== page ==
One of the game's classic series goes down to the wire
The end of probably the greatest Test series of all. Australia needed 258 to beat West Indies in the fifth Test at the MCG and take the series 2-1. At 154 for 2, it looked a formality, but Frank Worrell and Alf Valentine dragged the Windies back into it, and at 236 for 6 it was anyone's game. But the Aussies had "Slasher" Mackay coming in at No. 8, and with two wickets left, he and Johnny Martin scrambled the winning leg-bye just before the close of the penultimate day. A record crowd of 90,800 watched the second day of the Test. After such a mesmeric series, West Indies were given a fitting farewell: a new trophy, for which the countries still compete, was established, bearing Worrell's name; and the whole team was given a tickertape farewell parade through Melbourne.
Birth of Desmond Haynes, who with Gordon Greenidge formed one of the greatest opening partnerships of all time. They put together 16 century stands in Tests, with Haynes usually playing the sedate straight man to Greenidge's slayer. Haynes was also a superb one-day batsman, a master at pacing an innings (11 of his 17 ODI centuries were unbeaten, and 16 of them came in a winning cause), and no West Indian had scored more than his 8648 ODI runs till Brian Lara overtook the mark. Haynes made three fifties in his first three Test innings, and also three hundreds in a row against England and Pakistan in 1990. He also played for Middlesex, and was a generally happy and popular character; but he could not mix it - in his first Test as captain, covering for the injured Viv Richards in Trinidad in 1990, he had a shouting match with Alec Stewart and denied England victory with blatant time-wasting tactics.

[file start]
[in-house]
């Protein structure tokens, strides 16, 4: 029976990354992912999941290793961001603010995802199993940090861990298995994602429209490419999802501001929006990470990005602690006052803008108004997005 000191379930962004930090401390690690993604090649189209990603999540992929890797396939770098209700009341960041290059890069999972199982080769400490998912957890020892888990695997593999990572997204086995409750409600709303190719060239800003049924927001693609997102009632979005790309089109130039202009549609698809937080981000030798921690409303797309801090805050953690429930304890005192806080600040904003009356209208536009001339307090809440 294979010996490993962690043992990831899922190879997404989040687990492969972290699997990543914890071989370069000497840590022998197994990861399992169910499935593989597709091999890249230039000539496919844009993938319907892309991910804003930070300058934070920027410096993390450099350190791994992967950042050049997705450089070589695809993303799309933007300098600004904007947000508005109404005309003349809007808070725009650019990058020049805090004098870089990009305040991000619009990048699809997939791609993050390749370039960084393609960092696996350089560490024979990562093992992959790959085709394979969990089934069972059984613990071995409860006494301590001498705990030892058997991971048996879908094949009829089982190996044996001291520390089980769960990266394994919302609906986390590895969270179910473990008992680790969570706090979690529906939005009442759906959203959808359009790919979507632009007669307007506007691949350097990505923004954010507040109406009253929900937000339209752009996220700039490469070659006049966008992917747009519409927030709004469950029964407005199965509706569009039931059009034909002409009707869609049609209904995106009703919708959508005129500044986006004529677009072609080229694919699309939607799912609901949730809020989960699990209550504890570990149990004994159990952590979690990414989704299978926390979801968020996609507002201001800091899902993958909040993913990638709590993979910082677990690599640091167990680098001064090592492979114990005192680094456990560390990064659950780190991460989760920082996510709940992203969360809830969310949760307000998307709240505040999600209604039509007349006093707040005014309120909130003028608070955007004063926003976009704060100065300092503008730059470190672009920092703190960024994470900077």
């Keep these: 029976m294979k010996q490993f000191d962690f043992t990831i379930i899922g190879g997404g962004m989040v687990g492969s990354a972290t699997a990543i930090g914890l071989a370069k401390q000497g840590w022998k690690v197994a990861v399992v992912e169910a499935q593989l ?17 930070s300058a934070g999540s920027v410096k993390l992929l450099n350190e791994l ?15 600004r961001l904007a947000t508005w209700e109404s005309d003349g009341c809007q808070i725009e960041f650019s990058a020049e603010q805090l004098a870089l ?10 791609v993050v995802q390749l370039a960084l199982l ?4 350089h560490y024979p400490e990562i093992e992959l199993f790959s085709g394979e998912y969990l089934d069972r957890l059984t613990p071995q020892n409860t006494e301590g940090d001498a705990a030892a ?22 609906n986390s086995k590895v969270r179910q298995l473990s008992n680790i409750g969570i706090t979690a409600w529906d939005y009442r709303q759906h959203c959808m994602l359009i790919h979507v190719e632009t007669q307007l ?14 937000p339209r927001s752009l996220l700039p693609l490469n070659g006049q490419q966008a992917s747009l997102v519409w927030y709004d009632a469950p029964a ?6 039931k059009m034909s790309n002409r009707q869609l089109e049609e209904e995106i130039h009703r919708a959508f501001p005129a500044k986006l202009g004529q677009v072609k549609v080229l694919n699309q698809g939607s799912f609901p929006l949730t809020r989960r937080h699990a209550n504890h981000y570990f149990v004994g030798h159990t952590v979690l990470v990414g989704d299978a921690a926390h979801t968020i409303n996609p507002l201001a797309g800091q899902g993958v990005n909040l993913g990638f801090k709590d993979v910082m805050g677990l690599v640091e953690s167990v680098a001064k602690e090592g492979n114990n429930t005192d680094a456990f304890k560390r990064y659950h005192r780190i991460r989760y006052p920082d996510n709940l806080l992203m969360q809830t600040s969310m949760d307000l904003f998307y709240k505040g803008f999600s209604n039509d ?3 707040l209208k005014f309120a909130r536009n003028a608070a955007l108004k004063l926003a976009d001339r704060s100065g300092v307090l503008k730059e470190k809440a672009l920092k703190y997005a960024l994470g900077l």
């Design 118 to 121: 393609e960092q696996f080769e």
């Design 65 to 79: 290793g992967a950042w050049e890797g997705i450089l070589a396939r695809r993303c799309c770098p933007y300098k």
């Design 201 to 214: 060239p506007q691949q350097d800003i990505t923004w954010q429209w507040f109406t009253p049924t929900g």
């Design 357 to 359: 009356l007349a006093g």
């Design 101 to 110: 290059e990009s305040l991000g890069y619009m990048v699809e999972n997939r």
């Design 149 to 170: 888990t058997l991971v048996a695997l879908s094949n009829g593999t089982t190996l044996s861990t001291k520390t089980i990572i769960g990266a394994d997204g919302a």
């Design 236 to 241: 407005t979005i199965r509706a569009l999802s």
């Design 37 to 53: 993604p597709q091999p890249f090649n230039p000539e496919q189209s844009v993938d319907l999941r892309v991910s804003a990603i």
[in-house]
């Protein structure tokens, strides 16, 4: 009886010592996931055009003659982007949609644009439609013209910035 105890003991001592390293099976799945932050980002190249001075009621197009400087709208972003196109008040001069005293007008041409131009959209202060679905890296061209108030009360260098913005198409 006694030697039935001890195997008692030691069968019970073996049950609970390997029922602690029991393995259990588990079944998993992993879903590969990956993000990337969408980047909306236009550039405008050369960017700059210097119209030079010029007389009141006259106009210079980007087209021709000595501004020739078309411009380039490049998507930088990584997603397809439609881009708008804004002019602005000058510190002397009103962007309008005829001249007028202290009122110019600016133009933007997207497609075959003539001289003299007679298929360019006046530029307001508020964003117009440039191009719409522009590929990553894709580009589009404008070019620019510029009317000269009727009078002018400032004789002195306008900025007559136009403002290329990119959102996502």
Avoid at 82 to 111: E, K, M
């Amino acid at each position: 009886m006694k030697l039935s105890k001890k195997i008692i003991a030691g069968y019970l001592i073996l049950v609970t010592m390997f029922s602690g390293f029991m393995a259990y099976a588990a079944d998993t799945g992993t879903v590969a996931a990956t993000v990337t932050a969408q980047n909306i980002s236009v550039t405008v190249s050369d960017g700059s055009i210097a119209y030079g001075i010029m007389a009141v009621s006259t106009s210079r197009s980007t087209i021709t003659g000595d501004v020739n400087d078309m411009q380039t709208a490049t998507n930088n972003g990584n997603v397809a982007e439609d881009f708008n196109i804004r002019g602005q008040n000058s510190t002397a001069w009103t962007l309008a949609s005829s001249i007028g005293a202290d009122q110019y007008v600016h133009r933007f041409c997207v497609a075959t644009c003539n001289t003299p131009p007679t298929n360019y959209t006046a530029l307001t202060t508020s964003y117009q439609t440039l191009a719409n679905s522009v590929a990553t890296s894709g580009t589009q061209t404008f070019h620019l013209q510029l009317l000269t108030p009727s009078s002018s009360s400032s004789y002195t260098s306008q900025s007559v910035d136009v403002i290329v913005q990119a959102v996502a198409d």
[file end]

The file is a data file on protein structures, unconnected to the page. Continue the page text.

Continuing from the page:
A one-day Test may be a contradiction, but - in real terms at least - that's what happened at the MCG on this day. Australia hammered South Africa by an innings, and the match (which because of bad weather was spread over three days) lasted only five hours, 53 minutes. The South Africans were routed for just 36 and 45, with left-arm spinner Bert Ironmonger taking 5 for 6 and 6 for 18: his 11 for 24 is the cheapest ten-wicket haul in a Test. Clarrie Grimmett couldn't even get a bowl. In all there were 234 runs scored, the lowest aggregate in Test history for a complete match.